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STAT(2) 		 DragonFly System Calls Manual		       STAT(2)

NAME

stat, lstat, fstat, fstatat -- get file status

LIBRARY

Standard C Library (libc, -lc)

SYNOPSIS

#include <sys/types.h> #include <sys/stat.h> int stat(const char *path, struct stat *sb); int lstat(const char *path, struct stat *sb); int fstat(int fd, struct stat *sb); int fstatat(int fd, const char *path, struct stat *buf, int flag);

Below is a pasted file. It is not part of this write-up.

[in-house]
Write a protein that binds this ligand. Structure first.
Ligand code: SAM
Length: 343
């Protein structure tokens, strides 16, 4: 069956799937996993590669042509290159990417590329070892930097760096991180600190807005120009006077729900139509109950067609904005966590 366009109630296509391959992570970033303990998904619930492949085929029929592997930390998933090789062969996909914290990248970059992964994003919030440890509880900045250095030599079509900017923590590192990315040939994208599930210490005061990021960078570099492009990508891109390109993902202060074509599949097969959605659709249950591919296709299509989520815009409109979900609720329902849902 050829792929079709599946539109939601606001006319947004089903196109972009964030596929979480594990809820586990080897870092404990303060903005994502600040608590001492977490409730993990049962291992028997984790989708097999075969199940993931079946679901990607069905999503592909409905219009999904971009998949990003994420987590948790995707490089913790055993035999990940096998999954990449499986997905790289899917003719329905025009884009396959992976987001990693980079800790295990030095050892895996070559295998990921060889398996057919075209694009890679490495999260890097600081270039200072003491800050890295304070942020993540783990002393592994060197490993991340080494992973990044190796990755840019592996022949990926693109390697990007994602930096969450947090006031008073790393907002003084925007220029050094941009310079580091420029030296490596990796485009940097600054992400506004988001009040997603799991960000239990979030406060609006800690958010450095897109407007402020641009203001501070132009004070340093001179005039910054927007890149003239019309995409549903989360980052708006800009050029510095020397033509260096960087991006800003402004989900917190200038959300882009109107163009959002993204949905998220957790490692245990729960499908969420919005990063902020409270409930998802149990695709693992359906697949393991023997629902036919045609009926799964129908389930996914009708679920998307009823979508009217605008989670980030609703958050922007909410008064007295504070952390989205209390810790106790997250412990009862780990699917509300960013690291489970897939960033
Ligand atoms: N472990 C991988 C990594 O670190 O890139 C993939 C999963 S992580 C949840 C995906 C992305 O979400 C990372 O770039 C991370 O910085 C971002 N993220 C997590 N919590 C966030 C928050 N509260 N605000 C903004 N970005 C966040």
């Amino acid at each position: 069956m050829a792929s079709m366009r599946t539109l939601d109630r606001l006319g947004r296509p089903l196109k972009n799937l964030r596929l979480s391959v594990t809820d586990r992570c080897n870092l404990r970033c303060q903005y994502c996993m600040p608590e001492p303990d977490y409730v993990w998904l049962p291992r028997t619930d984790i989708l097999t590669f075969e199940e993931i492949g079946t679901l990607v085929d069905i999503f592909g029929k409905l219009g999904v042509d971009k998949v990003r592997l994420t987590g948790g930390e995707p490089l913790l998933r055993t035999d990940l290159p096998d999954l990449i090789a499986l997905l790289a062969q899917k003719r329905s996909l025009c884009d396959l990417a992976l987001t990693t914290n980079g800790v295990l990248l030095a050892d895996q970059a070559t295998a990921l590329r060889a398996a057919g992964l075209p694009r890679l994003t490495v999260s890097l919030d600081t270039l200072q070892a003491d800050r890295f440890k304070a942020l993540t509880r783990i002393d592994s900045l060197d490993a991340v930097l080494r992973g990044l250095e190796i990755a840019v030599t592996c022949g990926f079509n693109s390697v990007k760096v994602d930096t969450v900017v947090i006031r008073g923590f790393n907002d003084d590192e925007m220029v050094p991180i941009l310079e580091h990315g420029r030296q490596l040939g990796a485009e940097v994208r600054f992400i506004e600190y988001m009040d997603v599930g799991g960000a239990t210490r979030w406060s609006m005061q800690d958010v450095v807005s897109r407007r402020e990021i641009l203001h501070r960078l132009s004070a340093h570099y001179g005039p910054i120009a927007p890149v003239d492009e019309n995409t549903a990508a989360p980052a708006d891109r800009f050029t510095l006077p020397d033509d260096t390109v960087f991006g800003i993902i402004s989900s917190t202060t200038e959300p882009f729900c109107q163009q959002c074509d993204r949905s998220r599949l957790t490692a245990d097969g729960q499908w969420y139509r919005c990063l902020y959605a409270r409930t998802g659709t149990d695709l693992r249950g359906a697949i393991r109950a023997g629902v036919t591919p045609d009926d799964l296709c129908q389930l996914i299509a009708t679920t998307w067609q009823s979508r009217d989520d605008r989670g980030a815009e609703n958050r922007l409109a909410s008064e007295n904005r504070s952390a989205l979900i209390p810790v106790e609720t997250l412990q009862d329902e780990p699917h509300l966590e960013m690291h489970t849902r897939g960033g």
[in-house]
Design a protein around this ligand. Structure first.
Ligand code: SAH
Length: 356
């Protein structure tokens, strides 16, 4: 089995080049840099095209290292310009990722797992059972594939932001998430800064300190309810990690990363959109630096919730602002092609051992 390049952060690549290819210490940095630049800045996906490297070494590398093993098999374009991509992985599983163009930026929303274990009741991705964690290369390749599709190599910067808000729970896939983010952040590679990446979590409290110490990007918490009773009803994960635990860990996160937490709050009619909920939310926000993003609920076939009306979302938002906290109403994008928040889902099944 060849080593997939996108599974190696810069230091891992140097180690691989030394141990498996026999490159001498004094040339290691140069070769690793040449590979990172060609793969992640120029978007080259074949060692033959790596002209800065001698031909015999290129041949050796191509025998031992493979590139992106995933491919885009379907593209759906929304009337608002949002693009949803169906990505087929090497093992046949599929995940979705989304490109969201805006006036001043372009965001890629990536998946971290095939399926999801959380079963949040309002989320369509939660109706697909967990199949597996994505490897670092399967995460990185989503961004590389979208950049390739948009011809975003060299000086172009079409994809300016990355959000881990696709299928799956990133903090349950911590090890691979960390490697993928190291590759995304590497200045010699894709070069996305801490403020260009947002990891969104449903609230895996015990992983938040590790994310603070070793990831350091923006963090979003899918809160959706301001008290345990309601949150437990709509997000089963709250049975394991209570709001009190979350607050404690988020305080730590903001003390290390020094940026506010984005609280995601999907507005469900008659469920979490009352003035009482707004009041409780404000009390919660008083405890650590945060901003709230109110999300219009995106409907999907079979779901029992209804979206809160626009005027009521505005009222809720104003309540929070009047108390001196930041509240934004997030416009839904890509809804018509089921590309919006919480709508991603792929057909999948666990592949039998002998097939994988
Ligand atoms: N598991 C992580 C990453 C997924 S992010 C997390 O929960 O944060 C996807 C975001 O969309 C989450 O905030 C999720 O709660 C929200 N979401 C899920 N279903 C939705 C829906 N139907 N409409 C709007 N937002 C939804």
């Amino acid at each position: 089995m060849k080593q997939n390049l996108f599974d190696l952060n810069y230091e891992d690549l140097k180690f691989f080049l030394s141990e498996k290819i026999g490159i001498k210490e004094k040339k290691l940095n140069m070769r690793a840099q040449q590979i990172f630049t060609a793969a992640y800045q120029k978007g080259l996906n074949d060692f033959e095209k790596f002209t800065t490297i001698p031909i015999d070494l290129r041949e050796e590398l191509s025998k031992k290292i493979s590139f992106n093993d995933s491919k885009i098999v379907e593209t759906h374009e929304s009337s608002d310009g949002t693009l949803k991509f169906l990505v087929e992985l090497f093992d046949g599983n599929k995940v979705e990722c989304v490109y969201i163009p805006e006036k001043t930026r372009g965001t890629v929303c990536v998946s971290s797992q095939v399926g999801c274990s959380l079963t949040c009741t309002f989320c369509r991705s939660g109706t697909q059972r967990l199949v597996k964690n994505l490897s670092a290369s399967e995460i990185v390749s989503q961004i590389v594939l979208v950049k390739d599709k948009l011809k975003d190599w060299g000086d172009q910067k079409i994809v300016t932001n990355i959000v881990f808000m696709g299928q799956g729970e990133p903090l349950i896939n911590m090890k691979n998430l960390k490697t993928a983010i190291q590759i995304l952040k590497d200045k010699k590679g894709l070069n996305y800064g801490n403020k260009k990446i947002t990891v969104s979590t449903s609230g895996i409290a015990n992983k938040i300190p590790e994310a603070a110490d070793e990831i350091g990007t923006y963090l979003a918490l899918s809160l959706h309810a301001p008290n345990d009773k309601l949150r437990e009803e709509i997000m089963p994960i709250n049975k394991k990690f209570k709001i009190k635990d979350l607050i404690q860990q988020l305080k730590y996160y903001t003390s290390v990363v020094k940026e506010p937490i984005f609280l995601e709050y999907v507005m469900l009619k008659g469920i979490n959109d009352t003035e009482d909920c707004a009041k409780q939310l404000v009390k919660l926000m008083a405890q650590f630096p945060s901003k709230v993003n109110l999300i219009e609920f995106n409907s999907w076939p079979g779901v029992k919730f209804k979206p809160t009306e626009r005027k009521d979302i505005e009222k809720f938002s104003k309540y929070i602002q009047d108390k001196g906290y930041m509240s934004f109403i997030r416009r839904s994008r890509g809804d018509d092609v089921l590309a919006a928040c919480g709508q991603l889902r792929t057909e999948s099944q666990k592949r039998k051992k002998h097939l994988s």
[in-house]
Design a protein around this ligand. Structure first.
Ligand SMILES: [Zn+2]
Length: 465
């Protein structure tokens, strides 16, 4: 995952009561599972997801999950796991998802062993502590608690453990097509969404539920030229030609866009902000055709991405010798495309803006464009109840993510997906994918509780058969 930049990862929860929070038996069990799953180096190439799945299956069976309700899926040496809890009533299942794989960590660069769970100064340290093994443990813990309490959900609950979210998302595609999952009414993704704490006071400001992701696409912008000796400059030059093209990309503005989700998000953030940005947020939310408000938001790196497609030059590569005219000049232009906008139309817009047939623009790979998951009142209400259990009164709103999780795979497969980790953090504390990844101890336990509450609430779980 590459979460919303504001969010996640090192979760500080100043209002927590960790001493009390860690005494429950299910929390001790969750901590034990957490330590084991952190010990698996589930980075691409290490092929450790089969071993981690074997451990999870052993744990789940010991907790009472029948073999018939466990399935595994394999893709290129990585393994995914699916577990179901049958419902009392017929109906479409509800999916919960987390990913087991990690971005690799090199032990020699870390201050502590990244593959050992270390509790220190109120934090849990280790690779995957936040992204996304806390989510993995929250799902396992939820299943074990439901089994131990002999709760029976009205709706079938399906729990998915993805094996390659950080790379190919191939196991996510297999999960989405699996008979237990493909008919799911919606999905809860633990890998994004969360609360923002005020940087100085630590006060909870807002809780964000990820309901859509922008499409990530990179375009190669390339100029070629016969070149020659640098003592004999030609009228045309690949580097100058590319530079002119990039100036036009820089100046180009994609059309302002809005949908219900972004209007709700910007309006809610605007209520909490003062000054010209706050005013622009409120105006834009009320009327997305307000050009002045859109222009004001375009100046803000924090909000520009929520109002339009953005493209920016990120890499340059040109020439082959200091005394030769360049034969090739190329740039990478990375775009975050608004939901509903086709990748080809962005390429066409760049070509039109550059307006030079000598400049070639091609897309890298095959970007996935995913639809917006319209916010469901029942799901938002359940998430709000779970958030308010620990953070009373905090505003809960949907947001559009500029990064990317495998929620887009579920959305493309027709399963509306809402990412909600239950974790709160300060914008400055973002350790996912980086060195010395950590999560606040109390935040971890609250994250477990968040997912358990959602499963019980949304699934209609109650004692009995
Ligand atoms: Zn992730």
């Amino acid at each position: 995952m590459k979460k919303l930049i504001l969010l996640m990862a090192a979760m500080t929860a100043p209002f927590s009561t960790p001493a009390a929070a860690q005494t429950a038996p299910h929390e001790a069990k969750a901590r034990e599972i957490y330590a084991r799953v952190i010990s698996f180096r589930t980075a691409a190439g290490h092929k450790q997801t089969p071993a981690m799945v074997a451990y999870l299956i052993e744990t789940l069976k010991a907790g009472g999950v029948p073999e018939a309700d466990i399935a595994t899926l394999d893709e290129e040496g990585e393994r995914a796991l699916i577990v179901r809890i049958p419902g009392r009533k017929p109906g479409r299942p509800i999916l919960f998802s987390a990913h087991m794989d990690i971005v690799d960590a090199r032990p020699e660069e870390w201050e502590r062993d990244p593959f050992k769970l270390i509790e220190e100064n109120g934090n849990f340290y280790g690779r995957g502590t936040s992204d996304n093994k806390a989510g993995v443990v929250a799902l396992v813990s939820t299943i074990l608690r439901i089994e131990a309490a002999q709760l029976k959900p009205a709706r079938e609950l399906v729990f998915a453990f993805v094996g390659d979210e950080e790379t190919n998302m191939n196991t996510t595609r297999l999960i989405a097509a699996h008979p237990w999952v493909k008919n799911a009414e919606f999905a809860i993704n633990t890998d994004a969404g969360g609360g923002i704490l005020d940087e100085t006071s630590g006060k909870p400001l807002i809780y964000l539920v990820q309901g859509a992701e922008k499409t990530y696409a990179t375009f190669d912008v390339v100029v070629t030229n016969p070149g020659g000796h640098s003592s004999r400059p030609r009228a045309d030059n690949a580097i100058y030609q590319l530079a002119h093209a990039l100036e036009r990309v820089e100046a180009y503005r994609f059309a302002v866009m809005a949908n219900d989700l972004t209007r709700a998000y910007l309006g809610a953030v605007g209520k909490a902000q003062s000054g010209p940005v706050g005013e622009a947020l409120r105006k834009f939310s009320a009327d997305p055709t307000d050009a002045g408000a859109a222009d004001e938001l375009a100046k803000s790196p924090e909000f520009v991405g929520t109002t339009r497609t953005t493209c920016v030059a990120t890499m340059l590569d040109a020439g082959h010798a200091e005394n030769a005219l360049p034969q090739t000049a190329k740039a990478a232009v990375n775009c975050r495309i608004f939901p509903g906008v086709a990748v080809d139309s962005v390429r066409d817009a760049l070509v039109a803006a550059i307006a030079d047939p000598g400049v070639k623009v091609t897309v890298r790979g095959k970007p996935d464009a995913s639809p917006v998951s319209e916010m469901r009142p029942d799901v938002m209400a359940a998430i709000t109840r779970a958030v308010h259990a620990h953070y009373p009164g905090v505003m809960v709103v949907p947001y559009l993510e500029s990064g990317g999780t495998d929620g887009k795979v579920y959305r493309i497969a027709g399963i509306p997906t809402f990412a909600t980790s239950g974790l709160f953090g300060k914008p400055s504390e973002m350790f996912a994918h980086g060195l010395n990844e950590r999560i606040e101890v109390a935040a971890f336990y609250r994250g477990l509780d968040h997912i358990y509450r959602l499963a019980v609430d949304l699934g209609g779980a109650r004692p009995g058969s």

DESCRIPTION